A treasure trove of fossils and history in the Gaspé Peninsula.
By Sheila O’Connor
When Swedish paleontologist Erik Jarvik came to the area now known as Miguasha National Park in 1880, he spent 60 years studying the “Prince Fish,” or the eusthenopteron foordi, considered to be the evolutionary link between fish and humans. His first report on the creature was 440 pages long – and that was just about the creature’s snout.
History has so much to tell us. And we have so much to learn from – if we look for it.
There is plenty of history at Miguasha National Park, in the Gaspé region of northern Quebec. And there is so much more still to uncover.
The park, on the north shore of Chaleur Bay, in the Gaspé Peninsula, became a UNESCO World Heritage Site in 1999. There, you will find a world-renowned fossil site, containing plant and fish fossils that are about 370 million years old.
Each year, the Miguasha National Park opens to the public from the start of June until the second Monday of October.
The Miguasha fossils, on display at the park, range in time from pre-Cambrian to modern. All were found in the area.
The fossil site was “discovered” in 1842 by Abraham Gesher, who came to the area to produce road maps. He found a fossil he believed to be a turtle at the time. But it turned out to be a fish. Scientists, like the Swedish Jarvik, who was so fascinated by the Prince Fish’s snout, soon followed.
Quite fittingly, the Miguasha National Park is known as a place that best illustrates the Devonian period, commonly called the “Age of Fishes’.
In this area alone, over 16,000 fossils have already been discovered. Some 7,000 of them are currently on loan to other museums around the world.
One of the rarest type of specimens you’ll see at Miguasha is the fossilization of “soft parts.” That is, blood vessels and other soft tissues that normally don’t survive over the years. Typically, these soft parts would often decay first.
When you visit the park, you can also go into the laboratory at the museum to see how the fossils are studied. The original fish fossil found here, originally thought to be a turtle, can even be handled by visitors. Make sure to see what it looks like under a microscope.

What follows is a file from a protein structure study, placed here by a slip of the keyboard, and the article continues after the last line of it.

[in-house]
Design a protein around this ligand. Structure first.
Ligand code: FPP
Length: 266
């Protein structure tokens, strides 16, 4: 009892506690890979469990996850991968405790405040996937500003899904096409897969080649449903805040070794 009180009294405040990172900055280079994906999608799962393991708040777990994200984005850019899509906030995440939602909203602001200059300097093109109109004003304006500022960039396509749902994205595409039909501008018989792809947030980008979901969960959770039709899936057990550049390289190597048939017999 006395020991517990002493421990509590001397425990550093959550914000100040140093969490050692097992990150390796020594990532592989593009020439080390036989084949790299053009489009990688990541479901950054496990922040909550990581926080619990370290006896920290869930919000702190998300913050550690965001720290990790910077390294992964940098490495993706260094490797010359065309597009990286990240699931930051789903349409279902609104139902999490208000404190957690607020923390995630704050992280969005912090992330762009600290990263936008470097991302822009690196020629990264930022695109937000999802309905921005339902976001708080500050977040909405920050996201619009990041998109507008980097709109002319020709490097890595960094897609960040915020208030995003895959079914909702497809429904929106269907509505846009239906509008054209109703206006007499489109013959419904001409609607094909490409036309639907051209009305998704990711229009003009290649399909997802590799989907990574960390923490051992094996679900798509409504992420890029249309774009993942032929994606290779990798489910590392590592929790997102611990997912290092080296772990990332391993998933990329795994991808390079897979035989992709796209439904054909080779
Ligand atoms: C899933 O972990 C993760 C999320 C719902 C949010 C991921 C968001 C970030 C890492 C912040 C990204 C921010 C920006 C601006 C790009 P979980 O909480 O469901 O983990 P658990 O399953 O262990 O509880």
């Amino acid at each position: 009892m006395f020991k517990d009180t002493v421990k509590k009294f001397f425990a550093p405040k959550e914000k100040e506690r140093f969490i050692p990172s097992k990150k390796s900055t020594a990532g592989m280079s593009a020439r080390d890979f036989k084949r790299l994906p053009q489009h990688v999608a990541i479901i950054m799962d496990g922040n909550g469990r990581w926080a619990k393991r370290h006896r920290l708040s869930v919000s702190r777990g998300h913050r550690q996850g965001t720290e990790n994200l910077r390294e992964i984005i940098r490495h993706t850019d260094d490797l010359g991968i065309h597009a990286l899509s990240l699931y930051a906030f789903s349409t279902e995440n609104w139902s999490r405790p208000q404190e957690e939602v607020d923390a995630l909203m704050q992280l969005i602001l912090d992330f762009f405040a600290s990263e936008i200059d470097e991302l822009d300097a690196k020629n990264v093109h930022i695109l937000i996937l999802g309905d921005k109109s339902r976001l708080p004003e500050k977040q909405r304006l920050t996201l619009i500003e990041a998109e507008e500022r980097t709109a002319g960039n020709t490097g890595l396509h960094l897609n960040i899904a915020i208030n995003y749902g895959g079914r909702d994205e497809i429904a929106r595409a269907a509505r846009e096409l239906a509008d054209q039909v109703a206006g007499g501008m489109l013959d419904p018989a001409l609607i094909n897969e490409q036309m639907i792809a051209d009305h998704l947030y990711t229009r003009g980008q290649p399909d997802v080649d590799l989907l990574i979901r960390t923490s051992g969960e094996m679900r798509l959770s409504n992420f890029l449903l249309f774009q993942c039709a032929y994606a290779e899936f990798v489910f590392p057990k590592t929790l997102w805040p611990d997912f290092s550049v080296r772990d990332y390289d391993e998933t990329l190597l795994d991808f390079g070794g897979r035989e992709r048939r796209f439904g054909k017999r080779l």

It isn’t just fish at this museum though. The most studied subject at Miguasha is actually the activity of bacteria on a fish, while the largest fossil specimen on the premises is that of the predator Dunkleosteus Terrelli. This beast grew up to 10m long. The museum also has a fascinating archaeopteryx fossil – similar to a flying dinosaur. This was found in 1877.
Don’t be surprised if you feel like you have just walked into Jurassic Park when you visit!
It is believed that the “Prince Fish” actually has some human-like bones, like hands, and could be the evolutionary link from sea to land. The docents, or teaching guide staff, at the museum can tell you all about this.
You can’t leave Miguasha National Park without meeting Lucy. That is the name of the famous skeleton of a 25-year-old woman from around 3.5 million years ago. After all those years, she’s still looking good for her age.
Once you’ve finished exploring inside the museum, don’t forget to go outside, to the shore. Cliff-side guided tours are available. Be sure to look out for fossils along the way. Some lucky visitors have found fossils here recently. Just keep in mind that any fossils you might find would need to be handed in since they belong to the museum.
The docent will show you the best kind of rocks to look for, as well as how to open them with the slight tap of a hammer. They open easily, like pages in a book.
As well, these stories these rocks tell are still ongoing. The museum actually sponsors an ongoing dig, where volunteers dig down 30cm each year. Just last year alone, over 800 fossil specimens were found.
In the local Indigenous language, Miguasha means “red earth.” What treasures might you uncover in its rich, bright soil?
Sheila O’Connor has been a writer for 25 years and loves to write about a variety of topics, from travel to parenting to relationships. She has lived in the USA and the UK, and is currently living in her native Scotland. Sheila has visited Quebec, British Columbia, and Nova Scotia in Canada, including the BC Rockies and Quebec’s Ice Hotel.
Photo credit: Courtesy of Miguasha National Park, Ron Garnett.